The unwritten rules of open source support

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July 13, 2008 - 9:19am -- John Locke

What's extraordinary about the open source community is that this level of support happens all the time, every day, without charge, in hundreds, thousands of projects out there. People that can get to the bottom of a problem and fix it at the source, not just provide a workaround, are directly reachable and motivated to see their software work as well as possible. They're not hidden away from the public behind a large corporation, unreachable with layers of clueless support script readers stuffed between you and them. Here are some rules for getting open source support directly from the projects:

  • Before asking anybody, do your homework. Use Google, read the project FAQ, make some attempt to learn the basics without pestering people with questions they've already answered hundreds of times. Nine times out of ten, your problem has already been encountered and somebody has figured out a workaround.
  • Limit the scope of your question to the fundamental problem. Get to the point. I'm obviously guilty of being tremendously long-winded at times, but unless your question is right at the top and asked directly, you'll probably get ignored. Developers are busy, they don't want to read a novel, but they're usually happy to answer a question.
  • Provide supporting details after asking your question. Many programs will create a log with lots of information that can help somebody diagnose your problem. Find what looks relevant in the logs. Specify what version of operating system, distribution, application, etc. Specify what you were trying to do, what you expected, and what really happened. But provide this stuff after asking your initial question--people aren't going to wade through a long email to find your question.
  • Contribute something. The easiest way you can contribute is by answering other people's questions. The whole thing works because people help each other, and this help goes both ways. If you always ask questions and never answer anybody else's, or provide any other sort of contribution, you'll eventually start getting ignored.
  • Always, always, be positive, respectful, and polite when asking your questions. Developers have a lot invested in their project, and insulting it won't gain you any favors. Developers are under no obligation to help you either--you haven't paid for it. Common courtesy is valuable. Complements are welcome.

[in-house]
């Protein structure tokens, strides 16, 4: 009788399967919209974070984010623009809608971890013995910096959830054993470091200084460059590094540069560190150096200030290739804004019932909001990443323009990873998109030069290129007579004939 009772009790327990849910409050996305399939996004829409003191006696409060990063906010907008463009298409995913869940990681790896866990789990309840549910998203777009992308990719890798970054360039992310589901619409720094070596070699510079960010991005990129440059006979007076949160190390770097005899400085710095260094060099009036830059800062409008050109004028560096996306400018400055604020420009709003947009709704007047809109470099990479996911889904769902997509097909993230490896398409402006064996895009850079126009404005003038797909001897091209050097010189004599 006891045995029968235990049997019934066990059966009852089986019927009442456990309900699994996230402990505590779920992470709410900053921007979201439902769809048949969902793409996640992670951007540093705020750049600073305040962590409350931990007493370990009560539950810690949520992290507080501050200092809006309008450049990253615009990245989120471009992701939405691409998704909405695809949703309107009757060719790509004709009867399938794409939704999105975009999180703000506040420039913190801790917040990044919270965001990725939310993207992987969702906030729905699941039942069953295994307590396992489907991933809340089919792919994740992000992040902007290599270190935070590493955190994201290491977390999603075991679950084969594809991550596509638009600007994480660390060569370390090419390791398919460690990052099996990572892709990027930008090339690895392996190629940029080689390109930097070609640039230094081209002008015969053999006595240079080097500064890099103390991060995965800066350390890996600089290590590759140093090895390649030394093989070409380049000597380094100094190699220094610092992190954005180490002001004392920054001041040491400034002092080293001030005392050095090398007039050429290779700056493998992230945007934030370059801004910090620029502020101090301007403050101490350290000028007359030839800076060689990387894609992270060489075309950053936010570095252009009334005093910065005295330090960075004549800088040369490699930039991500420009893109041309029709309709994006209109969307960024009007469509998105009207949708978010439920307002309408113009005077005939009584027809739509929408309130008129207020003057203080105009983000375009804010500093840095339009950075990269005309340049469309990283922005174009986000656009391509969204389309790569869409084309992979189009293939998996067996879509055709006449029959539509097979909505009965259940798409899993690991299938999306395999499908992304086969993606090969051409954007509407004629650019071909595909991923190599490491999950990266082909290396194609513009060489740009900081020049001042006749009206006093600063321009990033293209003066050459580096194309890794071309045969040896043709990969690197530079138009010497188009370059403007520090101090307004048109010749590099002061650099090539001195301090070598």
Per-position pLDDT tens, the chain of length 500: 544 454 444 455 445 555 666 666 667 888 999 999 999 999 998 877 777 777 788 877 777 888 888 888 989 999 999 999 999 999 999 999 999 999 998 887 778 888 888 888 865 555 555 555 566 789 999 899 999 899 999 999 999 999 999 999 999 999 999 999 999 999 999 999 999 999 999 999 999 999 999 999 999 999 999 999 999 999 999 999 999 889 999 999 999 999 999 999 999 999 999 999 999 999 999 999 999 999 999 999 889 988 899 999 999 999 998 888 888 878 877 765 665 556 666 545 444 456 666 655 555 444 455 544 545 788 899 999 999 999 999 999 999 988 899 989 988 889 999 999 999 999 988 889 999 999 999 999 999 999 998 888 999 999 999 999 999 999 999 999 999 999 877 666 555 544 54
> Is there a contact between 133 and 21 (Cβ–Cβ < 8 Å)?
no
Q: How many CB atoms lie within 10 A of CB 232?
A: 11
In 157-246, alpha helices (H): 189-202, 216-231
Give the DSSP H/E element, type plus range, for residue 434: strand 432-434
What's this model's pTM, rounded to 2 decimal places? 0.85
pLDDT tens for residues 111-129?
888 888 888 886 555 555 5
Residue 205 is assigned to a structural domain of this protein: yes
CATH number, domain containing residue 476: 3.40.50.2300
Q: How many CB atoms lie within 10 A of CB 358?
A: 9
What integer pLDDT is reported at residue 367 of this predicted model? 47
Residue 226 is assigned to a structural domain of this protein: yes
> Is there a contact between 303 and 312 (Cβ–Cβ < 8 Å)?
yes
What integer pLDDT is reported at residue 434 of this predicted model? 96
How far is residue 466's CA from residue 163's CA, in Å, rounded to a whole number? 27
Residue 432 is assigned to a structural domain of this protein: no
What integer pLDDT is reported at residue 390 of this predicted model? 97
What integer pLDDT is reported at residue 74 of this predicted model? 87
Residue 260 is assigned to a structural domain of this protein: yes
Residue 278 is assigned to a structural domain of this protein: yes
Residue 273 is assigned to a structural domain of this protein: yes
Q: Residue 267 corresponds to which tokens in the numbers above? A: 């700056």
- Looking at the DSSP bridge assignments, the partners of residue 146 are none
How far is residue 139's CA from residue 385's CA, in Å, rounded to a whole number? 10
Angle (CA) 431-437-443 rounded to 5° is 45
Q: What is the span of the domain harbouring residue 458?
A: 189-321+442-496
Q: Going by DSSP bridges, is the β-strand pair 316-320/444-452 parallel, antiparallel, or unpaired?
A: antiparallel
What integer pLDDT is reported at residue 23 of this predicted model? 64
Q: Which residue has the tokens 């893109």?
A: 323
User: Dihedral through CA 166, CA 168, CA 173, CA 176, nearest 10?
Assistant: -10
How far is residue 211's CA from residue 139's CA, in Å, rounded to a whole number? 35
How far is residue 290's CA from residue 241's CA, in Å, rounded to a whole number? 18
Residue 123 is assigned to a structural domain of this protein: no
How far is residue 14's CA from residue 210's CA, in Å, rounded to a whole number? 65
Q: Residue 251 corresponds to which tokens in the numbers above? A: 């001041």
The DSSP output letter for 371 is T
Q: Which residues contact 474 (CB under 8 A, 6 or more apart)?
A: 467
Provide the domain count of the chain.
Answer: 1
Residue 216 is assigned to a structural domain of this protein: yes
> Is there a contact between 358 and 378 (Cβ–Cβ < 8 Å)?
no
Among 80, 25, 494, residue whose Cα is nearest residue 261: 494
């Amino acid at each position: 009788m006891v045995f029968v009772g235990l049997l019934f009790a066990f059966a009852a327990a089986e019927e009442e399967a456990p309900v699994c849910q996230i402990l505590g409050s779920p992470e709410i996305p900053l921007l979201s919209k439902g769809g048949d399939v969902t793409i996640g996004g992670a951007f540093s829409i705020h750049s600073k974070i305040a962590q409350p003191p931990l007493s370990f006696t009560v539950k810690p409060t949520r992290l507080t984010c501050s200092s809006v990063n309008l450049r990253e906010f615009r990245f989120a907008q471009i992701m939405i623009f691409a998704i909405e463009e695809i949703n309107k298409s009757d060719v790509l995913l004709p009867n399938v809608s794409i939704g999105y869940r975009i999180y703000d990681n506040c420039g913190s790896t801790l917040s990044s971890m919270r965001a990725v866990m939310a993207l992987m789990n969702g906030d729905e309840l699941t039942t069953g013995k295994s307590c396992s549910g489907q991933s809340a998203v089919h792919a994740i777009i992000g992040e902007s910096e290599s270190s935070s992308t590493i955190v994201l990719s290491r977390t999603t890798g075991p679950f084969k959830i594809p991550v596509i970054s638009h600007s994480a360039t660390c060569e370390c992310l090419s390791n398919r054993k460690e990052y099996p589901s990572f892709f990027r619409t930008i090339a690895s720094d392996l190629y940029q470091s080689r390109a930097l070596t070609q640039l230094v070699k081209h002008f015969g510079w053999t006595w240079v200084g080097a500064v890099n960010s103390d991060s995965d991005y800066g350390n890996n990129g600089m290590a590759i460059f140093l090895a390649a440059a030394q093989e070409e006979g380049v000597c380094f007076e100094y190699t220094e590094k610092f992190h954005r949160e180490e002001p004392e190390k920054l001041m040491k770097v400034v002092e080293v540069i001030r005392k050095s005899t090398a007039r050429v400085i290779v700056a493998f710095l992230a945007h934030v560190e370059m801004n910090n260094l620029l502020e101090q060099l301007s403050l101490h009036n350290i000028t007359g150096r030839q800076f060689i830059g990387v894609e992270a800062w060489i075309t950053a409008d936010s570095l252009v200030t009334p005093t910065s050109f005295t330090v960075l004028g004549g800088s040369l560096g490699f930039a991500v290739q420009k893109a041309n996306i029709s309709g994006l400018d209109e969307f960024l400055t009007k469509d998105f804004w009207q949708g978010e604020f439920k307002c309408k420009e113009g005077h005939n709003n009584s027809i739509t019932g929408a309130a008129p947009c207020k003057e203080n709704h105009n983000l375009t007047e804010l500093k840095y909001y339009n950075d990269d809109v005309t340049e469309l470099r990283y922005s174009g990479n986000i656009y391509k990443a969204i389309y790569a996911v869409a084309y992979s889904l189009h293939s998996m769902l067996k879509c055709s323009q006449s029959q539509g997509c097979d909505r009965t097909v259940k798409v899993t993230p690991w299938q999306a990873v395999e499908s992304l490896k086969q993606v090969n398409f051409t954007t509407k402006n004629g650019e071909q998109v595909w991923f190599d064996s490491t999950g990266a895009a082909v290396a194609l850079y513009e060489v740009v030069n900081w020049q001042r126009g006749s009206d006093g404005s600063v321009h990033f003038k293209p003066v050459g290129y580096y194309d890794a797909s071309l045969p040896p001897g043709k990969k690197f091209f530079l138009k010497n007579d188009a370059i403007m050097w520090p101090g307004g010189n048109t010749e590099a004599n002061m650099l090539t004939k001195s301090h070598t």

• Be patient. Sometimes the person who has the answer to your question is away from the computer. Usually you'll get your problem solved quicker than you would calling some tech support line, but there are times it's going to take a while. If you don't get any response in a reasonable period of time (judged by how active the list or forum is, reasonable could be a couple hours or a couple days), there are several likely reasons: You haven't been specific enough in your question; you're in the wrong forum (e.g. users when it's a developer question); nobody else is trying to do what you're doing (in which case you may need to hire someone with the right skills); the project is dead (it happens sometimes--find another one); or the developers are swamped (give them more time, or come up with a new scenario that sheds light on your problem in a different way).

That list describes how we get open source support at Freelock. Aside from a couple unsupported hardware devices, or issues with proprietary programs, we have yet to get stumped, in over 6 years of extremely heavy Linux and open source use. We've never paid a dime for this support, though we have provided help to many others in return.


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  1. You have been one of the most responsive consultants that I've had to the opportunity to work with. Not only are you doing a great job with our maintenance plan but by sharing your steps of action, it only strengthens your ability and commitment to the client. Thank you Freelock!

    Emma Janssen, Web Manager
    Peninsula College

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